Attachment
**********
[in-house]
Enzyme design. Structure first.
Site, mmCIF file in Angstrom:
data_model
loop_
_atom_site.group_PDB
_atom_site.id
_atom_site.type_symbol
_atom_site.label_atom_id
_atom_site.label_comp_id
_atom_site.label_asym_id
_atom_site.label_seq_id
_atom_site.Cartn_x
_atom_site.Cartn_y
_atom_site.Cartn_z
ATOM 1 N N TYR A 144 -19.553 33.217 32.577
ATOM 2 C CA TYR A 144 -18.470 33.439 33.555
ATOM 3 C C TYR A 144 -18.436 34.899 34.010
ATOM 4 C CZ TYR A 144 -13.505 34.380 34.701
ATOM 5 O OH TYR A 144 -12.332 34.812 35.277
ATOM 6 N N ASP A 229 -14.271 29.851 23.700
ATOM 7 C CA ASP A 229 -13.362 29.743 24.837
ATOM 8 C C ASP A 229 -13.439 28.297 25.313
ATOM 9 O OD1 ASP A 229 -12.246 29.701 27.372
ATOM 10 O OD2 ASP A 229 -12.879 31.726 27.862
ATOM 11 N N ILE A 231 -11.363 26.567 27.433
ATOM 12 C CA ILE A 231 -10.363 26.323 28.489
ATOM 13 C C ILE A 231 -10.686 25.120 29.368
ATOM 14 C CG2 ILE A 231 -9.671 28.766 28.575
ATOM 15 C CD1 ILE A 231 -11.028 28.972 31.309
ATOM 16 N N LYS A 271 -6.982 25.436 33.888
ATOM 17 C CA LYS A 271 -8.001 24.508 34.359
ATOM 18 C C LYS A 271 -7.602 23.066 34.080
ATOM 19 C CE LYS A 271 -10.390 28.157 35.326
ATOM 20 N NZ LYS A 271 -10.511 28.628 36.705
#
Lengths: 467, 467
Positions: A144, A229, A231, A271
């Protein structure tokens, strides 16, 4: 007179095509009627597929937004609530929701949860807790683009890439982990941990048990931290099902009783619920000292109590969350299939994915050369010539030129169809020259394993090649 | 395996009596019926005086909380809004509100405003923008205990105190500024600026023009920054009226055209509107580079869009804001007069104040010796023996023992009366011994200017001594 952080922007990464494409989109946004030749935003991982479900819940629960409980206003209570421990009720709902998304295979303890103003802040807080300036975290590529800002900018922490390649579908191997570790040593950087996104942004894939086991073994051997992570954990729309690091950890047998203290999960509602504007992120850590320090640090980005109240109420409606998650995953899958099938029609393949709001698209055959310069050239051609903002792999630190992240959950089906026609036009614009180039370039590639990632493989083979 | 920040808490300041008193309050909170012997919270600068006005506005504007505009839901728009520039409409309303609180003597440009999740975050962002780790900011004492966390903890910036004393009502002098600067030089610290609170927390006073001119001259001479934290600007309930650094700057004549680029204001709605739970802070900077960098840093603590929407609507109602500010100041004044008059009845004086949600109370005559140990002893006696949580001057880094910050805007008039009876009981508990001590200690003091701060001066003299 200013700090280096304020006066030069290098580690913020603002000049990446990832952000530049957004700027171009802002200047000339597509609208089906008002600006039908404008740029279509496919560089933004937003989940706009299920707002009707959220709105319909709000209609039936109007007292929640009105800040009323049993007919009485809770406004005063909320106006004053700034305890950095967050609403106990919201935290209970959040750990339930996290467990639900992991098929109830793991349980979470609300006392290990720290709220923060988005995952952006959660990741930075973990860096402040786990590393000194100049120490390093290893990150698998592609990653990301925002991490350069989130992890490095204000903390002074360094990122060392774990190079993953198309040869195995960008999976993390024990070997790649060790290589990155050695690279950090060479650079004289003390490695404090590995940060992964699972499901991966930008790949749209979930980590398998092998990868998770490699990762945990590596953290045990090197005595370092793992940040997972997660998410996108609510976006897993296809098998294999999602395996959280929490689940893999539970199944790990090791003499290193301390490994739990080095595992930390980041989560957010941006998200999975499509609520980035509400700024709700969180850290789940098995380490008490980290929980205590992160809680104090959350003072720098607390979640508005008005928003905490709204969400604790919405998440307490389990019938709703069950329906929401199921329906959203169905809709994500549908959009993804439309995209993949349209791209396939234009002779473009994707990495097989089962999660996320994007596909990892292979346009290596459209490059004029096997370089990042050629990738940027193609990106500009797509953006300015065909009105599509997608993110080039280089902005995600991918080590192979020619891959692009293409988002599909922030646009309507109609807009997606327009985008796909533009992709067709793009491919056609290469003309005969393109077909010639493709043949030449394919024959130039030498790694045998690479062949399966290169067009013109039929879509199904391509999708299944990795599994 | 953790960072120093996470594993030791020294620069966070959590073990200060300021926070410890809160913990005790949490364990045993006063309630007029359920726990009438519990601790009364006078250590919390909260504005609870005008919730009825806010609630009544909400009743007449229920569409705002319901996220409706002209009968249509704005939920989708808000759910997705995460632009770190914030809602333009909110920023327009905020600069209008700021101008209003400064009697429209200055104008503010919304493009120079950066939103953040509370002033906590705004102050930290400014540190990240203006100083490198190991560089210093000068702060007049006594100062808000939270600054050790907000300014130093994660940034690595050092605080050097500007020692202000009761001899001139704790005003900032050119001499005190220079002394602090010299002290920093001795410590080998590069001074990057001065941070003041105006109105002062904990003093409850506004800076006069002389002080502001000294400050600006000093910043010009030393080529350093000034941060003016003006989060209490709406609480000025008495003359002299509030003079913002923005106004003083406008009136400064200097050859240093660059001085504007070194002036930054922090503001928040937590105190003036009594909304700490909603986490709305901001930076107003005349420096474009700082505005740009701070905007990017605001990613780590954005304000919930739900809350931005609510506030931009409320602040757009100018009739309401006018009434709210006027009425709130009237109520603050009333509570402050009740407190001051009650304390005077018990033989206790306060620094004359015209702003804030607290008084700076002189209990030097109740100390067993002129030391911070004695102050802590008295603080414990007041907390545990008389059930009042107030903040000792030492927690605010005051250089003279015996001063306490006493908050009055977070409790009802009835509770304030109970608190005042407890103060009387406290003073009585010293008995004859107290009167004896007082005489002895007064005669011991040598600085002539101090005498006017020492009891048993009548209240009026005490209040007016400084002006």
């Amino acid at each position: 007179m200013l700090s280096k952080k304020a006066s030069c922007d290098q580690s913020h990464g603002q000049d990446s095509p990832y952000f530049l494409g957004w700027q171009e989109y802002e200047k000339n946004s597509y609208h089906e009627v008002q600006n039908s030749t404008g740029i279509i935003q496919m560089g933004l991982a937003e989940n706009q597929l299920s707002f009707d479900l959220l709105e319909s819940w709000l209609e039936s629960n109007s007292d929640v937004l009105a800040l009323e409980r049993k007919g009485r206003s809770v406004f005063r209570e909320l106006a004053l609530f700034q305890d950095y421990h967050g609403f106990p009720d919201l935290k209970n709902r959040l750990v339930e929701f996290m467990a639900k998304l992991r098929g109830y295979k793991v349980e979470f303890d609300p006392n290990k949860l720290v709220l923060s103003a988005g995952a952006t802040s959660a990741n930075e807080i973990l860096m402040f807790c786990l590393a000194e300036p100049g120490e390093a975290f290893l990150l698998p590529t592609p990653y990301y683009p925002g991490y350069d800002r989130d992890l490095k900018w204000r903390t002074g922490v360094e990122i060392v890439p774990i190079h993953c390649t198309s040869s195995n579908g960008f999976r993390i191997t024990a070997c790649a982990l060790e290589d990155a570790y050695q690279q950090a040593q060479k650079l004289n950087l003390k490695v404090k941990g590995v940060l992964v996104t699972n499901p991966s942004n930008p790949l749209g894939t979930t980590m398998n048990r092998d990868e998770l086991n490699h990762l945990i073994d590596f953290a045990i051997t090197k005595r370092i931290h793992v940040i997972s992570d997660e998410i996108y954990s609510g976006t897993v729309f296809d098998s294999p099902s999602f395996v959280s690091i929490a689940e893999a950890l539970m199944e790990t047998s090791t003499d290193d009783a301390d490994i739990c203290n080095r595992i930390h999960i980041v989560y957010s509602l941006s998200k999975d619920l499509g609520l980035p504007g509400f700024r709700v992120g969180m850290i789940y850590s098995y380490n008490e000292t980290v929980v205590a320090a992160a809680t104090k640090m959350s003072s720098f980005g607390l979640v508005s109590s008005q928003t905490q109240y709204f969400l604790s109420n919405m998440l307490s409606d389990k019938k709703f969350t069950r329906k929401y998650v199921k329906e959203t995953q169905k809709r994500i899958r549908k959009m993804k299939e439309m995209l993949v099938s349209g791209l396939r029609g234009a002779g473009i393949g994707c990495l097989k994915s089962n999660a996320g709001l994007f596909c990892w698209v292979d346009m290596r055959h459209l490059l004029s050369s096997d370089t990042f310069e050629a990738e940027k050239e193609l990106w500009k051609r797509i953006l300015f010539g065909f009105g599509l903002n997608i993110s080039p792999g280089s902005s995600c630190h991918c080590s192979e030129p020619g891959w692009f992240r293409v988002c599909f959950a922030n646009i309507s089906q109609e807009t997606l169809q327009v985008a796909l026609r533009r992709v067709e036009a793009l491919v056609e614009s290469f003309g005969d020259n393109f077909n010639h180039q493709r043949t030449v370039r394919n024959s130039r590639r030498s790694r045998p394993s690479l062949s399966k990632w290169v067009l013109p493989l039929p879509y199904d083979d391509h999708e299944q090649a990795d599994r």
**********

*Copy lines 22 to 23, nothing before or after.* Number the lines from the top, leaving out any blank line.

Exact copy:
ATOM 7 C CA ASP A 229 -13.362 29.743 24.837
ATOM 8 C C ASP A 229 -13.439 28.297 25.313